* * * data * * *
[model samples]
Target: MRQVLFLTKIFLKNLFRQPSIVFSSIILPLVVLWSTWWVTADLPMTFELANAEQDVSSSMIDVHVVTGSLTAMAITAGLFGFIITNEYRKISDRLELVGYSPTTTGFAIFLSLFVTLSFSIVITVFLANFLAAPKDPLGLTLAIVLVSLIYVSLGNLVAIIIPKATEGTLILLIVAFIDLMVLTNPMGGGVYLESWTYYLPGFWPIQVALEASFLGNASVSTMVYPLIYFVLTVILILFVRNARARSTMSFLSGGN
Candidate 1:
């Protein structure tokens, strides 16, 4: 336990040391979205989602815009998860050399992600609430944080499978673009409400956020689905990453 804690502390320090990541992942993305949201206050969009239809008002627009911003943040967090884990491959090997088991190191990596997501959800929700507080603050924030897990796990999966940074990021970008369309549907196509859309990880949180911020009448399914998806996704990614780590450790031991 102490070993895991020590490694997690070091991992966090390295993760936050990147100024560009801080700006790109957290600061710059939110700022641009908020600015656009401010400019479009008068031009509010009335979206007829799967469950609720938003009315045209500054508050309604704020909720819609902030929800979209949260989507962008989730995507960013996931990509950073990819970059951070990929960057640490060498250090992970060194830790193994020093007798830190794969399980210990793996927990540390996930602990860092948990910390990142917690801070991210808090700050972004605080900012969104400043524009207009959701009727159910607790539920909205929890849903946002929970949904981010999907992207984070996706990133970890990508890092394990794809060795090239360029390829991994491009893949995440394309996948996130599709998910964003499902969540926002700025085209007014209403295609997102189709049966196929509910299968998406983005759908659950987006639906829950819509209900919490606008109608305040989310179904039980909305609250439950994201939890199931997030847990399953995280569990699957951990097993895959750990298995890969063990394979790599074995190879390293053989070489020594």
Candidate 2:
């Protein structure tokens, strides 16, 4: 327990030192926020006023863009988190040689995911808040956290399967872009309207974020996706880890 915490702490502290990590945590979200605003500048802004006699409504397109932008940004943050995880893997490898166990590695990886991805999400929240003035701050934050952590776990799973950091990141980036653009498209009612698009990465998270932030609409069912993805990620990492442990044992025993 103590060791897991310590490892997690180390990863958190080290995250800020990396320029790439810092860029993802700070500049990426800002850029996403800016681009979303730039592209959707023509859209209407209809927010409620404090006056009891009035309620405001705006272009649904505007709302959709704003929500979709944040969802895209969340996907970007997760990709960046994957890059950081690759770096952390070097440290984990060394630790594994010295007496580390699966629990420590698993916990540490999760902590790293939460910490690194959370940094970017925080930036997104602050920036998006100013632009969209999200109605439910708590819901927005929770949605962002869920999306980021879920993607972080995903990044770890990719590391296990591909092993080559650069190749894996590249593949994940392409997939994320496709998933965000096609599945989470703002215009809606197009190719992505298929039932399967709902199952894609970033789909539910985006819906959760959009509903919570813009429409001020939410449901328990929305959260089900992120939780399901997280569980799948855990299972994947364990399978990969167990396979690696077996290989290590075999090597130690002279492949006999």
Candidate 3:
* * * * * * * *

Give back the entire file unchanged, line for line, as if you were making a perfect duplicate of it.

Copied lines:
[model samples]
Target: MRQVLFLTKIFLKNLFRQPSIVFSSIILPLVVLWSTWWVTADLPMTFELANAEQDVSSSMIDVHVVTGSLTAMAITAGLFGFIITNEYRKISDRLELVGYSPTTTGFAIFLSLFVTLSFSIVITVFLANFLAAPKDPLGLTLAIVLVSLIYVSLGNLVAIIIPKATEGTLILLIVAFIDLMVLTNPMGGGVYLESWTYYLPGFWPIQVALEASFLGNASVSTMVYPLIYFVLTVILILFVRNARARSTMSFLSGGN
Candidate 1:
């Protein structure tokens, strides 16, 4: 336990040391979205989602815009998860050399992600609430944080499978673009409400956020689905990453 804690502390320090990541992942993305949201206050969009239809008002627009911003943040967090884990491959090997088991190191990596997501959800929700507080603050924030897990796990999966940074990021970008369309549907196509859309990880949180911020009448399914998806996704990614780590450790031991 102490070993895991020590490694997690070091991992966090390295993760936050990147100024560009801080700006790109957290600061710059939110700022641009908020600015656009401010400019479009008068031009509010009335979206007829799967469950609720938003009315045209500054508050309604704020909720819609902030929800979209949260989507962008989730995507960013996931990509950073990819970059951070990929960057640490060498250090992970060194830790193994020093007798830190794969399980210990793996927990540390996930602990860092948990910390990142917690801070991210808090700050972004605080900012969104400043524009207009959701009727159910607790539920909205929890849903946002929970949904981010999907992207984070996706990133970890990508890092394990794809060795090239360029390829991994491009893949995440394309996948996130599709998910964003499902969540926002700025085209007014209403295609997102189709049966196929509910299968998406983005759908659950987006639906829950819509209900919490606008109608305040989310179904039980909305609250439950994201939890199931997030847990399953995280569990699957951990097993895959750990298995890969063990394979790599074995190879390293053989070489020594």
Candidate 2:
């Protein structure tokens, strides 16, 4: 327990030192926020006023863009988190040689995911808040956290399967872009309207974020996706880890 915490702490502290990590945590979200605003500048802004006699409504397109932008940004943050995880893997490898166990590695990886991805999400929240003035701050934050952590776990799973950091990141980036653009498209009612698009990465998270932030609409069912993805990620990492442990044992025993 103590060791897991310590490892997690180390990863958190080290995250800020990396320029790439810092860029993802700070500049990426800002850029996403800016681009979303730039592209959707023509859209209407209809927010409620404090006056009891009035309620405001705006272009649904505007709302959709704003929500979709944040969802895209969340996907970007997760990709960046994957890059950081690759770096952390070097440290984990060394630790594994010295007496580390699966629990420590698993916990540490999760902590790293939460910490690194959370940094970017925080930036997104602050920036998006100013632009969209999200109605439910708590819901927005929770949605962002869920999306980021879920993607972080995903990044770890990719590391296990591909092993080559650069190749894996590249593949994940392409997939994320496709998933965000096609599945989470703002215009809606197009190719992505298929039932399967709902199952894609970033789909539910985006819906959760959009509903919570813009429409001020939410449901328990929305959260089900992120939780399901997280569980799948855990299972994947364990399978990969167990396979690696077996290989290590075999090597130690002279492949006999």
Candidate 3: